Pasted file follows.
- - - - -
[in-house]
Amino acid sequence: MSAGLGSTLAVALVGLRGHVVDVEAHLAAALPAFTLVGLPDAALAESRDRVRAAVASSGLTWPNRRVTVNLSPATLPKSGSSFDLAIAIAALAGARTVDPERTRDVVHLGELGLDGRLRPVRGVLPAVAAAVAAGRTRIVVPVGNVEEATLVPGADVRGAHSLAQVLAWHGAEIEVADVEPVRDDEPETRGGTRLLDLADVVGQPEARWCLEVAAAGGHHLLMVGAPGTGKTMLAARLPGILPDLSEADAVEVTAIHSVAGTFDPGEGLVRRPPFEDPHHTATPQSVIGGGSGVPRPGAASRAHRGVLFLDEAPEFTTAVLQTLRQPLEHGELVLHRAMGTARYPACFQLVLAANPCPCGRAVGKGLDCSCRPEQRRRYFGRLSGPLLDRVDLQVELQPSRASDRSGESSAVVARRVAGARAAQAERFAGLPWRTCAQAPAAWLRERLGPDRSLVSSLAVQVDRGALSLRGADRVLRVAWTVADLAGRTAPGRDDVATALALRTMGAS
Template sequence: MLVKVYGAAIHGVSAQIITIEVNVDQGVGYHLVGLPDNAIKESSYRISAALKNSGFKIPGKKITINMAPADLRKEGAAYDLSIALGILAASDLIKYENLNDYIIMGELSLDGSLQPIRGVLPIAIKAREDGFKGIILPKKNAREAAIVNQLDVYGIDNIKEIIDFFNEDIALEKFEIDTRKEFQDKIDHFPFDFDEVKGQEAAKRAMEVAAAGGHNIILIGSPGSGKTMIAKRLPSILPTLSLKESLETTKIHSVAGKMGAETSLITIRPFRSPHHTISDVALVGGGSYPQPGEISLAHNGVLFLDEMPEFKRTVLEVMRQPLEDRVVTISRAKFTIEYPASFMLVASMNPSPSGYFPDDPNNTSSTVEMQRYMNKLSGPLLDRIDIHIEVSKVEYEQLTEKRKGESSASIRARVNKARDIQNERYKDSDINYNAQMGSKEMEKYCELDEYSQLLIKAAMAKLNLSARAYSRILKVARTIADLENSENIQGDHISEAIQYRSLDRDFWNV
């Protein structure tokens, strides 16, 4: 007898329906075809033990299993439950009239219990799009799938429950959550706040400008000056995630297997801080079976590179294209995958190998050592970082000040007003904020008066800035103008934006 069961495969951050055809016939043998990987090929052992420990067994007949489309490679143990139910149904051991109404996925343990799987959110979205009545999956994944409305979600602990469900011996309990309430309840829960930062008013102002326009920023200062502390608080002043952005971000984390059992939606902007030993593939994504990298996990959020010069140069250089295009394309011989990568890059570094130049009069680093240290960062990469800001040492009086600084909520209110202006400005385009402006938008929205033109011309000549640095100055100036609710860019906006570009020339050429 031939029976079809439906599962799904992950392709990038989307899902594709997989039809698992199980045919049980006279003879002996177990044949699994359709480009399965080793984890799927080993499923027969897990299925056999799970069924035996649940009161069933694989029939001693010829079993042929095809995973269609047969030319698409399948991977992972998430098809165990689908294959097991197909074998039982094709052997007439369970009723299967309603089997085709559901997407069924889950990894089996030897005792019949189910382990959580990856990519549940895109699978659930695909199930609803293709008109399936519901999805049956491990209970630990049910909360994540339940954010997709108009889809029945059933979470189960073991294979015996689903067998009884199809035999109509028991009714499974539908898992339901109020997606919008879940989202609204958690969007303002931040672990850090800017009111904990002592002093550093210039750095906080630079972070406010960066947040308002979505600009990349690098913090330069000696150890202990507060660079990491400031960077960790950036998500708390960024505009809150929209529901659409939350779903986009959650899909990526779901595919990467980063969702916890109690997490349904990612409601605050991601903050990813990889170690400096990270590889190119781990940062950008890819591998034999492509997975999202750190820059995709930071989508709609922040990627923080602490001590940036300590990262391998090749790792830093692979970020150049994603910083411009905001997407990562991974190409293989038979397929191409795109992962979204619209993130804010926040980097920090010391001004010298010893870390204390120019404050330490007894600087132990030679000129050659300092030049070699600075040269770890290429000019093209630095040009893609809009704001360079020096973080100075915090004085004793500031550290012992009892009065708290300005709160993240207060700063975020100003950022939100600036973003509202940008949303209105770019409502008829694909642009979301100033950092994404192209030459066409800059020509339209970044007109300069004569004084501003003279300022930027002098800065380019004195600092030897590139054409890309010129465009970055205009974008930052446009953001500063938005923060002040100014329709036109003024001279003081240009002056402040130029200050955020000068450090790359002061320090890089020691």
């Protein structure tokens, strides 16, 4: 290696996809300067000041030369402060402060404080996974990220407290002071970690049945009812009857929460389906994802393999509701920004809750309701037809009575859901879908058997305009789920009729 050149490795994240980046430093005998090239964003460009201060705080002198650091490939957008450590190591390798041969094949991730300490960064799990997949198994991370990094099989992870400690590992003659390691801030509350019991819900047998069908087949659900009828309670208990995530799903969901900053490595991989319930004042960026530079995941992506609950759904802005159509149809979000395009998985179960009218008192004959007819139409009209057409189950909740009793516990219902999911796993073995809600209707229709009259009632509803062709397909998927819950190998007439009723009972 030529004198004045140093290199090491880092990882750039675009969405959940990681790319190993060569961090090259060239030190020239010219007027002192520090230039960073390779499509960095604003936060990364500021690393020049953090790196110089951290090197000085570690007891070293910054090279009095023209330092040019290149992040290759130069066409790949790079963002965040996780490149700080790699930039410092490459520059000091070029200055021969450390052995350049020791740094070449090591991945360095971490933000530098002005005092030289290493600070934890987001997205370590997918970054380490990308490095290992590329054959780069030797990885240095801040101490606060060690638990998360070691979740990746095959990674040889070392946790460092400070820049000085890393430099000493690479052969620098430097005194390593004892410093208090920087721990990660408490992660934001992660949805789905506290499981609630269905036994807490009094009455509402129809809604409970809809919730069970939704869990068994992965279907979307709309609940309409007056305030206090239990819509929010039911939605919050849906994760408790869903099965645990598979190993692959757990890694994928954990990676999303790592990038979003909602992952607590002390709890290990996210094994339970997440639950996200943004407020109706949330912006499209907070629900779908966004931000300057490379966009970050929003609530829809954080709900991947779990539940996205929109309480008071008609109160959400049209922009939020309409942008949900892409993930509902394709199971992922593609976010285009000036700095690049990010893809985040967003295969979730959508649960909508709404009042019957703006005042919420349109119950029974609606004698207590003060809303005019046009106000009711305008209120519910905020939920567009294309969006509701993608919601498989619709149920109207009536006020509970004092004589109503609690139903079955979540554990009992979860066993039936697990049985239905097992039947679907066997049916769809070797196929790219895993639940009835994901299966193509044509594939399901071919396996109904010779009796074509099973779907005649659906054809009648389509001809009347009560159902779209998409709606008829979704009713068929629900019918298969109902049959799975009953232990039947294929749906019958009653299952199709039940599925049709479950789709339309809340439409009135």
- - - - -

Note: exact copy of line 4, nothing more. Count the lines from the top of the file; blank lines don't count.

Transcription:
């Protein structure tokens, strides 16, 4: 007898329906075809033990299993439950009239219990799009799938429950959550706040400008000056995630297997801080079976590179294209995958190998050592970082000040007003904020008066800035103008934006 069961495969951050055809016939043998990987090929052992420990067994007949489309490679143990139910149904051991109404996925343990799987959110979205009545999956994944409305979600602990469900011996309990309430309840829960930062008013102002326009920023200062502390608080002043952005971000984390059992939606902007030993593939994504990298996990959020010069140069250089295009394309011989990568890059570094130049009069680093240290960062990469800001040492009086600084909520209110202006400005385009402006938008929205033109011309000549640095100055100036609710860019906006570009020339050429 031939029976079809439906599962799904992950392709990038989307899902594709997989039809698992199980045919049980006279003879002996177990044949699994359709480009399965080793984890799927080993499923027969897990299925056999799970069924035996649940009161069933694989029939001693010829079993042929095809995973269609047969030319698409399948991977992972998430098809165990689908294959097991197909074998039982094709052997007439369970009723299967309603089997085709559901997407069924889950990894089996030897005792019949189910382990959580990856990519549940895109699978659930695909199930609803293709008109399936519901999805049956491990209970630990049910909360994540339940954010997709108009889809029945059933979470189960073991294979015996689903067998009884199809035999109509028991009714499974539908898992339901109020997606919008879940989202609204958690969007303002931040672990850090800017009111904990002592002093550093210039750095906080630079972070406010960066947040308002979505600009990349690098913090330069000696150890202990507060660079990491400031960077960790950036998500708390960024505009809150929209529901659409939350779903986009959650899909990526779901595919990467980063969702916890109690997490349904990612409601605050991601903050990813990889170690400096990270590889190119781990940062950008890819591998034999492509997975999202750190820059995709930071989508709609922040990627923080602490001590940036300590990262391998090749790792830093692979970020150049994603910083411009905001997407990562991974190409293989038979397929191409795109992962979204619209993130804010926040980097920090010391001004010298010893870390204390120019404050330490007894600087132990030679000129050659300092030049070699600075040269770890290429000019093209630095040009893609809009704001360079020096973080100075915090004085004793500031550290012992009892009065708290300005709160993240207060700063975020100003950022939100600036973003509202940008949303209105770019409502008829694909642009979301100033950092994404192209030459066409800059020509339209970044007109300069004569004084501003003279300022930027002098800065380019004195600092030897590139054409890309010129465009970055205009974008930052446009953001500063938005923060002040100014329709036109003024001279003081240009002056402040130029200050955020000068450090790359002061320090890089020691």